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El Mirador Serves Up More Than A Spectacular View

Arlene Starkman  (Article archive)

Since 1978 El Mirador has been catering to almost exclusively Oaxacans, thriving without help from the tourist dollar.  It must be doing something right!  Of course there’s the breathtaking cliff-side open air view of the city below and surrounding mountains, just up the road from the famous Auditorio Guelaguetza.  Perhaps more important is the consistency of its food (I’ve been dining there for more than a dozen years.)

Descending the staircase from the parking area you enter the main level with a relaxed mixed décor of rústica pine tables and chairs in the interior, and PVC Coke chairs with linen covered tables on the El Mirador Patio tablespatio.  There’s a juke box, glass case filled with stuffed animals which muchachos can purchase to impress their señoritas, and multicolored cut-out tissue banners – typical Oaxacan adornments.  The lower level has a club-style, modern ambiance, with ceiling-high picture windows to assure the same exquisite vista, lengthy bar, raised band platform and big-screen TV.  In the evenings you can enjoy Pine Tables, El Miradorthe sounds of a guitar strumming troubadour, and Thursday through Saturday dance salsa and cumbia to the beat of a local band.   Depending on the hour and day, patrons consist of friends out for an evening, work colleagues, young lovers, fiesta celebrants, and invariably during July Guelaguetza time there are groups of dancers from throughout the state. 

On a Thursday evening in June, by the time we left at 11 PM both levels were at 75% capacity.


Service is reliable with a surprisingly good complement of waiters.  Drinks from an extensive bar menu arrive promptly.  If you haven’t tried a michelada, beer mixed with a spicy chili/lime concoction, experience it here.  Salads and soups are reliable staples to begin, but for the former, stick to the green or mixed salad, since the “chef” is mainly meats and cheese atop a mound of iceberg.  My daughter’s shrimp soup was light and tomato based, and contained a good count of fresh camarones (shrimp).  For a botana I would avoid the cold cheese and meat platter, unless you’re a head cheese fan.  However, both the Botanas Mirador and Botanas Oaxaqueña are scrumptious, arriving hot with samplings of traditional meats. If you’re out for a light meal, consider skipping the entrée since portions of these appetizers are healthy.  I nevertheless went for the skewered meat plate (alambre) ... tender beef, tomato, yellow pepper and onion, over a bed of rice, accompanied by fries with a welcomed medley of steamed veggies.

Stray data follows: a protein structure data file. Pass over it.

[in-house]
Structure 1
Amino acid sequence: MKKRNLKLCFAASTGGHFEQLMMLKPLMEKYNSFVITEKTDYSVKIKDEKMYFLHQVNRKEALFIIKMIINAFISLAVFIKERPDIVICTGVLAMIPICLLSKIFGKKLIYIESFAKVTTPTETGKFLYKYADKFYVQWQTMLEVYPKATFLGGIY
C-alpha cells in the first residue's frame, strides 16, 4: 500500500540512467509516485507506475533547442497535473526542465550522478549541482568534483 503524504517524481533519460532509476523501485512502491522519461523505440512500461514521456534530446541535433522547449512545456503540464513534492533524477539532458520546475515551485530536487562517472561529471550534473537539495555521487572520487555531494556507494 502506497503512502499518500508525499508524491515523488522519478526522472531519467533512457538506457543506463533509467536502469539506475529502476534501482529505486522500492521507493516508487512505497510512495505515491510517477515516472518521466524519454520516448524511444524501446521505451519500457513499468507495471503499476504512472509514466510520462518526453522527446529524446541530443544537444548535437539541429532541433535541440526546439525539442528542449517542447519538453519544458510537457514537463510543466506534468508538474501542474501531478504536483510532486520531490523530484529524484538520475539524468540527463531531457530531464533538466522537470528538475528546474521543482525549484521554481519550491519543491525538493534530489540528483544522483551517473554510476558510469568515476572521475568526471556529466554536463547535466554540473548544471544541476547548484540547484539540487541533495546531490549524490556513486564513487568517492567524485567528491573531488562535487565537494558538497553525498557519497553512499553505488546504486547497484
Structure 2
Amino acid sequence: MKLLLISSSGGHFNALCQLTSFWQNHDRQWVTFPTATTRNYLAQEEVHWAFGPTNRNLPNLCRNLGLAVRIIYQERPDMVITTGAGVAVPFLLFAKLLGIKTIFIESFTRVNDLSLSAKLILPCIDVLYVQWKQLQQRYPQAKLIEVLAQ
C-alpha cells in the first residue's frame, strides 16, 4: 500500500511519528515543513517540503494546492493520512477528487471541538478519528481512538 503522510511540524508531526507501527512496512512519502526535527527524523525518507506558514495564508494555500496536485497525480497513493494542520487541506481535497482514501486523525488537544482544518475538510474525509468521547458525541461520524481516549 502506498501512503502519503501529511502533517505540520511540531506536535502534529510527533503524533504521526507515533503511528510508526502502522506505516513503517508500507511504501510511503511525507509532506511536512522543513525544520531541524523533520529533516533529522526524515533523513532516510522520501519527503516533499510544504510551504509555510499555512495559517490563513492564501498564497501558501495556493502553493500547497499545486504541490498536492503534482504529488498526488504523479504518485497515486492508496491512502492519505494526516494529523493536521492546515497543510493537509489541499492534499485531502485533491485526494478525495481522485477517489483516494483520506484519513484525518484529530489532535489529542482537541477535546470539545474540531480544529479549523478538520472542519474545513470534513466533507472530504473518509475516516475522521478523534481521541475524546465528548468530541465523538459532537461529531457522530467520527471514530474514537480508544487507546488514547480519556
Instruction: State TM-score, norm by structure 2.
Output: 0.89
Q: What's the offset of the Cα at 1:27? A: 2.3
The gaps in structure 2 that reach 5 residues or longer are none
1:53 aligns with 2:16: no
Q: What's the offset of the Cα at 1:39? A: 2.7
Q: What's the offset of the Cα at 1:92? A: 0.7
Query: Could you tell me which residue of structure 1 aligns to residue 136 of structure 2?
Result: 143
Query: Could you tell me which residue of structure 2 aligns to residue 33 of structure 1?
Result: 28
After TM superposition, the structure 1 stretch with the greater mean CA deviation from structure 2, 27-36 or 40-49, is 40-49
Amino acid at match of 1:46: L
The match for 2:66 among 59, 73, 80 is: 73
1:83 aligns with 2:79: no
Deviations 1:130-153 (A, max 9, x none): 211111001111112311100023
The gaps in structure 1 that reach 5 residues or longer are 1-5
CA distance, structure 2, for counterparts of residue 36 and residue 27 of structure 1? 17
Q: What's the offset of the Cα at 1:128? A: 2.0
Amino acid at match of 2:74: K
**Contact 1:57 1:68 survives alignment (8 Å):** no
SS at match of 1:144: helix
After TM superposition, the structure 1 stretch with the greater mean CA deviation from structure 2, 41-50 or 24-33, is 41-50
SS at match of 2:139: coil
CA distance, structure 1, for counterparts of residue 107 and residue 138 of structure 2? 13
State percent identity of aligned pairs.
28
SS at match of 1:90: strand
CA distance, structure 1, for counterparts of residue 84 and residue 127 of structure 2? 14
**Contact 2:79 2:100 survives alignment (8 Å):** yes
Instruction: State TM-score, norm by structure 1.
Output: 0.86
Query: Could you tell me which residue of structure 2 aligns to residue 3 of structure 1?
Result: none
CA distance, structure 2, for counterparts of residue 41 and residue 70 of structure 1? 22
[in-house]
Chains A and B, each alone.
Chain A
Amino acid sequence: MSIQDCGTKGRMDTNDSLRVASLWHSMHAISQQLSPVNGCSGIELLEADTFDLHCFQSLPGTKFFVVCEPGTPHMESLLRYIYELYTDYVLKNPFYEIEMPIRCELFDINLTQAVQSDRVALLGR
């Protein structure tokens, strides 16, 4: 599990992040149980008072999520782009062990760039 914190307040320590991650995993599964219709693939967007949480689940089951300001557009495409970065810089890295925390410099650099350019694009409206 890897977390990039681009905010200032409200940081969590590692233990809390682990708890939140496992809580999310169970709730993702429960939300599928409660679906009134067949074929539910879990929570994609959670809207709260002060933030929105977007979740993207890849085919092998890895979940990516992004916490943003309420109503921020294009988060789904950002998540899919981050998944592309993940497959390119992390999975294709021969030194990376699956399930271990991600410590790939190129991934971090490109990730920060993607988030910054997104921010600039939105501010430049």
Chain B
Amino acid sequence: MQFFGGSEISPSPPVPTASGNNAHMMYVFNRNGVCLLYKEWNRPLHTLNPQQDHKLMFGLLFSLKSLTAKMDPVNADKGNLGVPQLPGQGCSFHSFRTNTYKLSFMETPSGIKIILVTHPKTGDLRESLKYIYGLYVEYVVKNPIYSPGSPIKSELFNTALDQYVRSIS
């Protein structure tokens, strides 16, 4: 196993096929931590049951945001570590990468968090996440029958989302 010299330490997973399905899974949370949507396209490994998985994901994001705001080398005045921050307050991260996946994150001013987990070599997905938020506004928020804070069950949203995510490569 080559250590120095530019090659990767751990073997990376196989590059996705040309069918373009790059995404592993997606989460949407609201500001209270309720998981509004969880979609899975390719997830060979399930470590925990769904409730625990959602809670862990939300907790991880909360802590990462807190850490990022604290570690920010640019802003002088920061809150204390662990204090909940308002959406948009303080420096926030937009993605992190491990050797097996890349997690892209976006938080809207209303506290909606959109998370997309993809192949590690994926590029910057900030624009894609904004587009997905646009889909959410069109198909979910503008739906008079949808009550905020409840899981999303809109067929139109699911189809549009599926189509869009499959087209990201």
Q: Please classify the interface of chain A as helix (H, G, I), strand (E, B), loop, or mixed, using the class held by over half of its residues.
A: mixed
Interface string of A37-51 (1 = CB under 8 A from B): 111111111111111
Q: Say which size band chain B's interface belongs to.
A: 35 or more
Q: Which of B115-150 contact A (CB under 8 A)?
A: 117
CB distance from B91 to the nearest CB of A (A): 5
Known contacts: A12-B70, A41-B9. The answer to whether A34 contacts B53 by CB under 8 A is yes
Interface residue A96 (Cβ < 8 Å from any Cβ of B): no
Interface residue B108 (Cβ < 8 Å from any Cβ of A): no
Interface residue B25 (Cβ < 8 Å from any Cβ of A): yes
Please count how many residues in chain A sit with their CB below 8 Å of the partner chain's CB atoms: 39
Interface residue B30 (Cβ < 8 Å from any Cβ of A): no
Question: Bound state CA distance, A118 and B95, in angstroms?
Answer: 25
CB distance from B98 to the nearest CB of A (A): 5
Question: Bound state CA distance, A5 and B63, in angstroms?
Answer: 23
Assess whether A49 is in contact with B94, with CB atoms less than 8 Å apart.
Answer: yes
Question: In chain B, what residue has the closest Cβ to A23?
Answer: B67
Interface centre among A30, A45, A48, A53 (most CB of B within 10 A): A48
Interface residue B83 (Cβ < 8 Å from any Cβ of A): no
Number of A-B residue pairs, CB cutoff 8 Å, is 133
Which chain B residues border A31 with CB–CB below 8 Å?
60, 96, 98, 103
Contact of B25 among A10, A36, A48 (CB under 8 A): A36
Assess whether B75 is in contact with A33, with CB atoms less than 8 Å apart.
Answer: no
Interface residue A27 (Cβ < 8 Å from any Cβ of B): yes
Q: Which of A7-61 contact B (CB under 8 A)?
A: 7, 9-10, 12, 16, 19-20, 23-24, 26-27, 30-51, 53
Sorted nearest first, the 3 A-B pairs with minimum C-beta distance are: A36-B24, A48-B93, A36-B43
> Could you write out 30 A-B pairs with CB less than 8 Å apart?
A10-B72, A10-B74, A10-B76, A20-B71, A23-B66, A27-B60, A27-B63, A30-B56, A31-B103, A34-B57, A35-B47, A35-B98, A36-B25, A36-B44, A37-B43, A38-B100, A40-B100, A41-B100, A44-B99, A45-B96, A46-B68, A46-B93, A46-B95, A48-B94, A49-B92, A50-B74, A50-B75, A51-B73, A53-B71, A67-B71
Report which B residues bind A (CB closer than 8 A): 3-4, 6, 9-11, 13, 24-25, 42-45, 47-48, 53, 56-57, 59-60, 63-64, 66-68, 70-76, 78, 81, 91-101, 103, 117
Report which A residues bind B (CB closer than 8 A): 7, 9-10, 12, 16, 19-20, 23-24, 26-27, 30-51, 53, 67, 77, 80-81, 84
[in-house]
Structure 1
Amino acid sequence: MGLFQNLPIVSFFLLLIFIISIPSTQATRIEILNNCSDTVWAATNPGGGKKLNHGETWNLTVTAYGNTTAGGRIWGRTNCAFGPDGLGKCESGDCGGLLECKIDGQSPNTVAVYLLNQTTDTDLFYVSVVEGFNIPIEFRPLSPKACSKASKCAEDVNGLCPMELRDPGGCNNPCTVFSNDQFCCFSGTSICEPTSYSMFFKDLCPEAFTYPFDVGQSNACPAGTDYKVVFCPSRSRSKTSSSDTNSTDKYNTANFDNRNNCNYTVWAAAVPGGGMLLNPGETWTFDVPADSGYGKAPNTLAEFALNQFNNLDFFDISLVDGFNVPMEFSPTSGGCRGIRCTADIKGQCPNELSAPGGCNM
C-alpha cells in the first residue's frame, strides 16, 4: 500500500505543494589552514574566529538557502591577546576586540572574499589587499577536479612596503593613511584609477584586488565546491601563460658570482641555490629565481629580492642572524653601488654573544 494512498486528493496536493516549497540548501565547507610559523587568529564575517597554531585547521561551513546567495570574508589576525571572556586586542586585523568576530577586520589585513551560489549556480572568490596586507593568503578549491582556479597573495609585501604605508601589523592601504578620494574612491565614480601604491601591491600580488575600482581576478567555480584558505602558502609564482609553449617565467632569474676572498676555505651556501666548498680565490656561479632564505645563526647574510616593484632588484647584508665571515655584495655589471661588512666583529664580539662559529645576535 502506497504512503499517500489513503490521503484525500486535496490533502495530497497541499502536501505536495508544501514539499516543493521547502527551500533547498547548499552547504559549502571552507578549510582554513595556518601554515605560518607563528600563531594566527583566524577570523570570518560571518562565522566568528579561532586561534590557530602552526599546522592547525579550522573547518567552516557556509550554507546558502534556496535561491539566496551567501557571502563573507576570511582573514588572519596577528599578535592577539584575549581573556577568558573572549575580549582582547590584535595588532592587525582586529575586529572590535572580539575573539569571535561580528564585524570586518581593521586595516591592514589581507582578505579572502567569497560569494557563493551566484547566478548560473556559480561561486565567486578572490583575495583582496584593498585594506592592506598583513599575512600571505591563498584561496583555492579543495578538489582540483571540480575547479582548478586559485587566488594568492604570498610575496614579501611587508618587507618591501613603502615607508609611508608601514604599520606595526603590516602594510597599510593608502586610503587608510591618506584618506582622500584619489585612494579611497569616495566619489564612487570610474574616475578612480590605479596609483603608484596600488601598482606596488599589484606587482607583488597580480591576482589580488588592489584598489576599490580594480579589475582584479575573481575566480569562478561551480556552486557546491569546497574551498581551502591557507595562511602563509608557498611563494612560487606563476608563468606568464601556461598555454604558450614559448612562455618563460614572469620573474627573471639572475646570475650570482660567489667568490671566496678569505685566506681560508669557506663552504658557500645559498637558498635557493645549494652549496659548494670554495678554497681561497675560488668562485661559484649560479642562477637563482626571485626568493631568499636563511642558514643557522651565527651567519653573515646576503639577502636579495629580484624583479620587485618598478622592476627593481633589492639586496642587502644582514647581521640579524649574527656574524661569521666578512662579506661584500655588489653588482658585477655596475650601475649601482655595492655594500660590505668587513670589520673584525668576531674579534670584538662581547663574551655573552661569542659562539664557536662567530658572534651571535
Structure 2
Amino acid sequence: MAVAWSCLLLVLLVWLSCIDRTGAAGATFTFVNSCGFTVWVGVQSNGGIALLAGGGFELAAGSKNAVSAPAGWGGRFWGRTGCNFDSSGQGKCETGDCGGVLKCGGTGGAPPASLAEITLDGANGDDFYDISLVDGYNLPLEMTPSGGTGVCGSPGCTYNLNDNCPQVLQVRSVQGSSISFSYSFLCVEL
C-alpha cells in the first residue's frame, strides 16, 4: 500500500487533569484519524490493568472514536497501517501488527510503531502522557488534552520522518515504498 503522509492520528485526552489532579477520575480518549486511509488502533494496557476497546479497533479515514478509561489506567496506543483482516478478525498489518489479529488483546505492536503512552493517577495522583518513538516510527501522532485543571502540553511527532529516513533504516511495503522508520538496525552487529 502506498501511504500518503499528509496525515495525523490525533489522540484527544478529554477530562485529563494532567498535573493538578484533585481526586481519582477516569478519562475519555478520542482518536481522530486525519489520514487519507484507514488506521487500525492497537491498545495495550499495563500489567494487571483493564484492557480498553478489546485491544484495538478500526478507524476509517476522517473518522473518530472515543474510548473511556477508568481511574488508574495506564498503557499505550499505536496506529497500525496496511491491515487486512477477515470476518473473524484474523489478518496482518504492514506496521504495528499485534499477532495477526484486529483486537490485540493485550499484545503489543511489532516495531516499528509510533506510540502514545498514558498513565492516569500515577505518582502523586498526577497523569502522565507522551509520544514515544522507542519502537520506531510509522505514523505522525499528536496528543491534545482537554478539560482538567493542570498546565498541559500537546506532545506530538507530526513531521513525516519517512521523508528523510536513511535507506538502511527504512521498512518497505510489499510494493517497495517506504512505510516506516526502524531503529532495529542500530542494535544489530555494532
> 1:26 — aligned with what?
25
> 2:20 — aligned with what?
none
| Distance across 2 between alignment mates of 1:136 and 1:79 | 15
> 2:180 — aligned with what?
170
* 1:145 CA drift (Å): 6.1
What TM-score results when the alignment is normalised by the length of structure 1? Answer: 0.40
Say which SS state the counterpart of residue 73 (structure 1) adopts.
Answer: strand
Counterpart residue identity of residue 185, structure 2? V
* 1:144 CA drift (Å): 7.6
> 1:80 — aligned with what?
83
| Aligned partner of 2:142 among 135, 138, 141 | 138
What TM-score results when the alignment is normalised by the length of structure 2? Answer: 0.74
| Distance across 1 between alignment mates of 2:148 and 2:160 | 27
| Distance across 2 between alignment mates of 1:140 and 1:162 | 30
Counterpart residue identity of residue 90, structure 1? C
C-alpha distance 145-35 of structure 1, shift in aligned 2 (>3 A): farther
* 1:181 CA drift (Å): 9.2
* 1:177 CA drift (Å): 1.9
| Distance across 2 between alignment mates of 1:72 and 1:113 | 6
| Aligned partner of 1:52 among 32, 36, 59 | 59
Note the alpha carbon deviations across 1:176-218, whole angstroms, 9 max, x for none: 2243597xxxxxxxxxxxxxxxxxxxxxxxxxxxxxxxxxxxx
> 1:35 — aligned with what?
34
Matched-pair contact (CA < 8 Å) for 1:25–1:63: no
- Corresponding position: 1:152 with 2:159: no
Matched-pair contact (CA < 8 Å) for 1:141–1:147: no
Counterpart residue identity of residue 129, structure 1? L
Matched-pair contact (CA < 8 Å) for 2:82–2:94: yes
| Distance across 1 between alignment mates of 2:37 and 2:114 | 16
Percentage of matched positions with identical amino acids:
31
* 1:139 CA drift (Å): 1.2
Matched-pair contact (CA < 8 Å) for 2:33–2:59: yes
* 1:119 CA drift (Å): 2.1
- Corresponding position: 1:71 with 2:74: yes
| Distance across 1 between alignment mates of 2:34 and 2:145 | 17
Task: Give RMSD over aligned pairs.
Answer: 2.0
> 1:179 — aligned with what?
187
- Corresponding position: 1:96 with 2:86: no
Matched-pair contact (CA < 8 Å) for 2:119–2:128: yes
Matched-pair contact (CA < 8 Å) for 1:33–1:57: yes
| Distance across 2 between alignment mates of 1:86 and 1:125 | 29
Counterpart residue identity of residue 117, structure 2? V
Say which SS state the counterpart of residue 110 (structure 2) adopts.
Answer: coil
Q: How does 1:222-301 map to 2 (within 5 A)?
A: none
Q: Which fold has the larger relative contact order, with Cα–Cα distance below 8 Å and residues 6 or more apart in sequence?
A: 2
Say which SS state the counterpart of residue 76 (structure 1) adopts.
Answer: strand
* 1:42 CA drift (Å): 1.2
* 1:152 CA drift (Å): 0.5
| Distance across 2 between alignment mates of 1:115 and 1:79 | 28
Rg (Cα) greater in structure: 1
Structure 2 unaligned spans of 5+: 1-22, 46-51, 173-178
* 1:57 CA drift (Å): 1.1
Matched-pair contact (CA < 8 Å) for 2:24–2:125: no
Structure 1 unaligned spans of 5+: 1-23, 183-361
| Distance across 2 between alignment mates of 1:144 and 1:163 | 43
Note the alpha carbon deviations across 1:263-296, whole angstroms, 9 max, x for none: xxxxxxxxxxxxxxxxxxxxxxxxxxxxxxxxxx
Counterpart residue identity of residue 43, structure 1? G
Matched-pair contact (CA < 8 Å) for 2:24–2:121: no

Tlayudas at El MiradorThe tlayudas and parrilladas are highly recommended.  Tlayudas are oversized tortillas.  They are served crunchy with a light layer of requisite asiento (pork fat, but delicious) and refried beans, topped with lettuce and both traditional Oaxacan cheeses.  Try ordering with your choice of beef (tasajo), chili seasoned pork (cecina), or sausage (chorizo.)  The tlayudas at El Mirador are among the best.  The parrillada:  a hibachi-type BBQ arrives at your table, coals still aflame so as to complete the grilling of an impressive array of Oaxacan meats and vegetables including nopal (tender cactus paddle) and onions, sizzling with quesillo (Oaxacan string cheese).  It’s accompanied by tortillas, guacamole, salsa, and a saucy bean and salchicha side dish known as charros.  If you opt for this meal, go easy on the appetizers, perhaps with just a meatless tlayuda to start.

El Mirador offers casual, moderately priced dining … or an opportunity to get out for a cappuccino or drinks with light snacks.  Downstairs there’s a 25 peso cover when the band plays.

    Carr. Internacional KM. 3 S/N, Cerro del Fortín, Oaxaca.
    Tel: 51-6-58-20

Arlene Starkman together with husband Alvin operates Casa Machaya Oaxaca Bed & Breakfast ( ). Arlene is an English teacher, psychotherapist and occasional restaurant critic. 



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